Americans are constantly on the go, with little or no time to relax. People cram their days with activity after activity. With such a fast-paced lifestyle, eating a leisurely meal is rare.
In 2016, 44% of Americans ate fast food every week
The meal of choice is usually a hamburger or chicken sandwich with fries or a pizza. Sadly, most fast food tastes the same. A meal at McDonald’s tastes about the same as a meal at Burger King or Wendy’s. A chicken sandwich tastes the same at Chick Fil-A, KFC, Culver’s and Popeye’s. The same is true for pizza.
Fast food is downright bland. Have you ever heard anyone (above the age of 13) rave about how great their meal was at a fast food restaurant?
People Have No Idea Where Their Food Comes From
Most people don’t realize that the vegetables they eat were picked before they were ripe, and then ripened in transit or at the supermarket.
They don’t know most of the beef they eat is from cattle given hormones to stimulate their growth.
They don’t know that the poultry and pork they’re eating probably came from a giant factory farm that mistreated the animals.
They don’t realize how many middlemen are involved in bringing food from the ranch or farm to the supermarket or restaurant.
They don’t understand how much of every food dollar goes to marketing and distribution, and how little actually goes to the farmers.
Thirty years ago the meat in a typical hamburger came from a single cow. Today, a fast food burger contains meat from dozens or even hundreds of cows.
If they have fries, they have no idea where the potatoes were grown or how their fries were made.
Industrialization Has Consequences
While the industrialization of food has benefits, it also causes problems.
Millions of Americans have never eaten arugula, cauliflower, kale, broccoli, Brussels sprouts or eggplant. All of these provide critical micro-nutrients that help fight disease.
One in three adults is overweight in the United States. A high fat, high sugar, high salt diet is associated with a higher incidence of high blood pressure, cardiovascular disease, diabetes and cancer.
As our food chain has over-industrialized, local mom and pop restaurants serving regional dishes have largely disappeared. Chains and franchises have taken over.
The United States imports so much of its food today that food security is now a real issue for our country. Most Americans are blissfully unaware that most of the food they eat comes from over a thousand miles away. Many of the vegetables, meat, and almost all the seafood we eat comes from overseas.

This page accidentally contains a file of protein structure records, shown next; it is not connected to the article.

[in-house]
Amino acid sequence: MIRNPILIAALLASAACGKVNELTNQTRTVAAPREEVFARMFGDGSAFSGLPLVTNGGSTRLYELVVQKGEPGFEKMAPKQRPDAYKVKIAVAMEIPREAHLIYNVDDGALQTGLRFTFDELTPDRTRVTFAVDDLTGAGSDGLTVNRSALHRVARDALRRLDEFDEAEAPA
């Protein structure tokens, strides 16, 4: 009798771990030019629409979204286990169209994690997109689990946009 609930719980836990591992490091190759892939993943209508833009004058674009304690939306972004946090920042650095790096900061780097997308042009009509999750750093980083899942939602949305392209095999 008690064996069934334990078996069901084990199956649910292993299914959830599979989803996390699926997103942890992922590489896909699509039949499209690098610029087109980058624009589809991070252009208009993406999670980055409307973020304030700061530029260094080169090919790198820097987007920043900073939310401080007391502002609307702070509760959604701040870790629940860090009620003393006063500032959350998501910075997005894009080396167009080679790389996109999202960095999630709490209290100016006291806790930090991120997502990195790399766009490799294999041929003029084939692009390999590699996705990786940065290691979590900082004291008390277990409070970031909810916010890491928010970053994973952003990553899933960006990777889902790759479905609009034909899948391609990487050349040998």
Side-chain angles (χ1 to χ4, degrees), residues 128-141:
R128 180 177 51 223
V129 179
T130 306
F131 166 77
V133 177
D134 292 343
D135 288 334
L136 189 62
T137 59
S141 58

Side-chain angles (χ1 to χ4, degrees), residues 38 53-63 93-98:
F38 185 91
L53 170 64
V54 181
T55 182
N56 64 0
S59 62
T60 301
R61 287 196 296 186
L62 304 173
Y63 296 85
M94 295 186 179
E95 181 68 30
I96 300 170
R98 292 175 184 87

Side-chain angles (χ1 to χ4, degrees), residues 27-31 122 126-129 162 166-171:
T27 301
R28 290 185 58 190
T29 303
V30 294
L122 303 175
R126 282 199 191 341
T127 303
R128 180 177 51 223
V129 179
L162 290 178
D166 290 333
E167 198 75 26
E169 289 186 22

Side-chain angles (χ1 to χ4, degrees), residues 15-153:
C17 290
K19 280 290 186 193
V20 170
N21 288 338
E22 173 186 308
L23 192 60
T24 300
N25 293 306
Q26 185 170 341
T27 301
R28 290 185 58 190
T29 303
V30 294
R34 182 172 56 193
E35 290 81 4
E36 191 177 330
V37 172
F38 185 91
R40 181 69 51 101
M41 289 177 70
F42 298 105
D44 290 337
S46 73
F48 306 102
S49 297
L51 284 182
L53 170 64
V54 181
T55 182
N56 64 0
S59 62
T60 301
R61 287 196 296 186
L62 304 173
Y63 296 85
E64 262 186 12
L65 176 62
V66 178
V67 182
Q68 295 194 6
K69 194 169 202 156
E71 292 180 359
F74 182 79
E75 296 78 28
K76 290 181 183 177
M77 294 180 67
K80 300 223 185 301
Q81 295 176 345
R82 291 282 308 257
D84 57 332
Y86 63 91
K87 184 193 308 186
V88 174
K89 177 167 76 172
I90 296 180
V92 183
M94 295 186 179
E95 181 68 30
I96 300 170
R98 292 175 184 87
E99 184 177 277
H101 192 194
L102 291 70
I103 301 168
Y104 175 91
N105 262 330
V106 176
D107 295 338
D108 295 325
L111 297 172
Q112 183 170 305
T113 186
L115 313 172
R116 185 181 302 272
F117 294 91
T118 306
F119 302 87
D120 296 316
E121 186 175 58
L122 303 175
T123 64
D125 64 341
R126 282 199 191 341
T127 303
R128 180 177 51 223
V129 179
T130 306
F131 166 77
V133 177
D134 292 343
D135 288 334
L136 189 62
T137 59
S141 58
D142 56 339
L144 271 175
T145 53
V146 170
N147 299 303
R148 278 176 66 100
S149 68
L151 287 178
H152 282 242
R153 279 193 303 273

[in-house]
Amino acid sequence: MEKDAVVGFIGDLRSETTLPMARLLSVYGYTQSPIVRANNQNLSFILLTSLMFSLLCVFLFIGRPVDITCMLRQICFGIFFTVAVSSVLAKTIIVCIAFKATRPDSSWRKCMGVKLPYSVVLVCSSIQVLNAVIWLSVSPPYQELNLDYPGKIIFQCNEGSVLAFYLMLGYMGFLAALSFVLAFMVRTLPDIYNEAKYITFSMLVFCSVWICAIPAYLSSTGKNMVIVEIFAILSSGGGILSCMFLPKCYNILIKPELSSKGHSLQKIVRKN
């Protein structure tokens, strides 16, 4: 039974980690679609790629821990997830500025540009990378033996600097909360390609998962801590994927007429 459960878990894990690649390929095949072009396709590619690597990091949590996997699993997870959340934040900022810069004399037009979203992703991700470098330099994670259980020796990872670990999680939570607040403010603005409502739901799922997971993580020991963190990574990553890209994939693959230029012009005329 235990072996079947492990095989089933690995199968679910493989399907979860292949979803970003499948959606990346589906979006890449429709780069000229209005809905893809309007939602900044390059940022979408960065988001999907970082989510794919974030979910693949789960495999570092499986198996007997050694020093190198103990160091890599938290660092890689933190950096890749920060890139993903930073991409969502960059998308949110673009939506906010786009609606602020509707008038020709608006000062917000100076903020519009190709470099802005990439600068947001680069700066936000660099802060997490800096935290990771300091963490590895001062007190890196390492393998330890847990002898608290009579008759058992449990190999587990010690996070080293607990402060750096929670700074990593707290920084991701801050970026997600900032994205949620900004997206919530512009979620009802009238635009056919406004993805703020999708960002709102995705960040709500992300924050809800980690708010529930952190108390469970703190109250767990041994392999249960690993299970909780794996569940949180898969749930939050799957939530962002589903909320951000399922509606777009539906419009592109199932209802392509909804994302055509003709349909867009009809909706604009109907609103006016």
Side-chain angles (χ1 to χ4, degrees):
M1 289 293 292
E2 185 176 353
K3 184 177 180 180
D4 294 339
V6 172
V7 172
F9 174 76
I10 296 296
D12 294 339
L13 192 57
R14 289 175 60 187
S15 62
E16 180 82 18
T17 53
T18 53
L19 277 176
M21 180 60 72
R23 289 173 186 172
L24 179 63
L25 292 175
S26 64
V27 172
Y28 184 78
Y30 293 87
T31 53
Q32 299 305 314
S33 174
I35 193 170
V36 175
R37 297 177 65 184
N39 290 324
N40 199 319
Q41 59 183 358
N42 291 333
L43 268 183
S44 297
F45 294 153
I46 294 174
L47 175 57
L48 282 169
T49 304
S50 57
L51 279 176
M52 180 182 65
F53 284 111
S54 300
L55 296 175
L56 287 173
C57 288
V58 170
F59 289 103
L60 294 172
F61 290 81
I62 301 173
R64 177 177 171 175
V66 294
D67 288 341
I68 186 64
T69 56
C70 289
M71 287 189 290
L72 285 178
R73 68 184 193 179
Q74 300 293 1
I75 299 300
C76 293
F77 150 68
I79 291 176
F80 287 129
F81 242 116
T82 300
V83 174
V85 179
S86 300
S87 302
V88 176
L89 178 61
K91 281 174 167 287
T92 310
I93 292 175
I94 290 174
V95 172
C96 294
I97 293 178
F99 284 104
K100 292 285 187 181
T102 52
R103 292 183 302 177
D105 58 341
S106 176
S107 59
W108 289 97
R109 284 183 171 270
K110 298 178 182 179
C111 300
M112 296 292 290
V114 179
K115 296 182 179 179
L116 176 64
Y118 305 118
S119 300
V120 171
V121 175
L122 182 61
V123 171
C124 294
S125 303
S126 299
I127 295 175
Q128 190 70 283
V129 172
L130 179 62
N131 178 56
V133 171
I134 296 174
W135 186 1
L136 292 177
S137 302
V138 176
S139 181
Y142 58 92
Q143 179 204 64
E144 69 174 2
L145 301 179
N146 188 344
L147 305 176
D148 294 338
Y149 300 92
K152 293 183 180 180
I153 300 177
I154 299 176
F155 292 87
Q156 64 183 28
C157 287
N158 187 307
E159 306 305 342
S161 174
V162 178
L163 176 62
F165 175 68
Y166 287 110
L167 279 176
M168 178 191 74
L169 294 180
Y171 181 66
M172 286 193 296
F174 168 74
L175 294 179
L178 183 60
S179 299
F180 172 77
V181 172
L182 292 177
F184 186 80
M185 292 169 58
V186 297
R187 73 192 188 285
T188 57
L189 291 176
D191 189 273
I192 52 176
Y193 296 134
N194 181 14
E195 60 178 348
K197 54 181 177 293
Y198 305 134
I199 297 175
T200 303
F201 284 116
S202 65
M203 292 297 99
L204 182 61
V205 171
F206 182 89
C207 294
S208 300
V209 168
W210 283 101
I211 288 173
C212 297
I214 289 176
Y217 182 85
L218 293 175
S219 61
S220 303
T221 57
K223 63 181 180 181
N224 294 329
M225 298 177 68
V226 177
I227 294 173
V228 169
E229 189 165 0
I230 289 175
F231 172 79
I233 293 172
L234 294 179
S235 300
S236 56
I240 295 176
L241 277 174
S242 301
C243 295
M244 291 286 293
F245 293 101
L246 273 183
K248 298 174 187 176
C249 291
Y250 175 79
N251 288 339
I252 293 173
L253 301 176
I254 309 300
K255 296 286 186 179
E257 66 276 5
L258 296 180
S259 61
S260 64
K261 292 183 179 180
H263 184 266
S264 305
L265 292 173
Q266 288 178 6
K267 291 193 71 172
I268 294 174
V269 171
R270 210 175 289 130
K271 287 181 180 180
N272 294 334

The Rise of Slow Food
In 1986, the first McDonald’s was scheduled to open in Rome, Italy. An Italian political activist, Carlo Petrini, decided he had had enough, and organized a protest.
He wanted to make people aware of the impact McDonald’s and other restaurants like it would have on Italy’s culture and economy. Great tasting regional food would disappear along with the slow pace of life that was the norm for most people.
That protest struck a chord and led to the founding of the Slow Food movement in 1989. Slow Food opposes fast food and the disappearance of local and ethnic dishes.It alerts people to the consequences of a fast-paced lifestyle and seeks to reawaken people’s love for the food they eat.
Slow Food has three guiding principles for the food it supports:
- GOOD — food must be high quality, flavorful, and healthy.
- CLEAN — food production must not harm the environment.
- FAIR — food must be priced fairly for consumers, laborers and producers.
As the Slow Food movement has grown, it has spawned new groups to promote its guiding principles:
- The Slow Food Foundation for Biodiversity to defend food biodiversity and traditions.
- The Terra Madre Foundation to support the growth of a global network of food communities, chefs, academics and young people who work to sustain the food system.
- The University of Gastronomic Sciences to train chefs and other food professionals.
Several years ago, the Slow Food organization started a Slow Meat campaign. The purpose is to promote small and medium sized producers who believe in animal welfare and who use better, cleaner and more humane ways to raise their stocks.
More recently, they added a Slow Fish campaign. Here the focus is on artisanal fishing and neglected fish species. They also encourage people to learn the responsible management of the resources in rivers, lakes and seas.
Today, millions of people around the world — across 150 countries — embrace the Slow Food movement.
The Slow Food movement encourages people to take time to enjoy the food they’re eating. To sit around a table with family members or friends, relax and enjoy each other’s company.
Slow Food encourages people the following:
- To learn where their food comes from.
- To become familiar with their local farmers.
- To learn how various vegetables are grown.
- To know where the meat they eat comes from and how animals are raised.
- To grow their own vegetables.
Slow Food is gaining ground too. Chefs at major restaurants in cities offer classes on meal preparation. People from various ethnicities are sharing recipes for various dishes loved in their homelands with their communities. Farmers’ markets have become popular. Even restaurant chains like Chipotle and Panera publicly display their guiding principles:
Slow Food has a way to go, but it has grown beyond the foodies to slowly improve the lives of ordinary working people tired of the same old burgers and fries.
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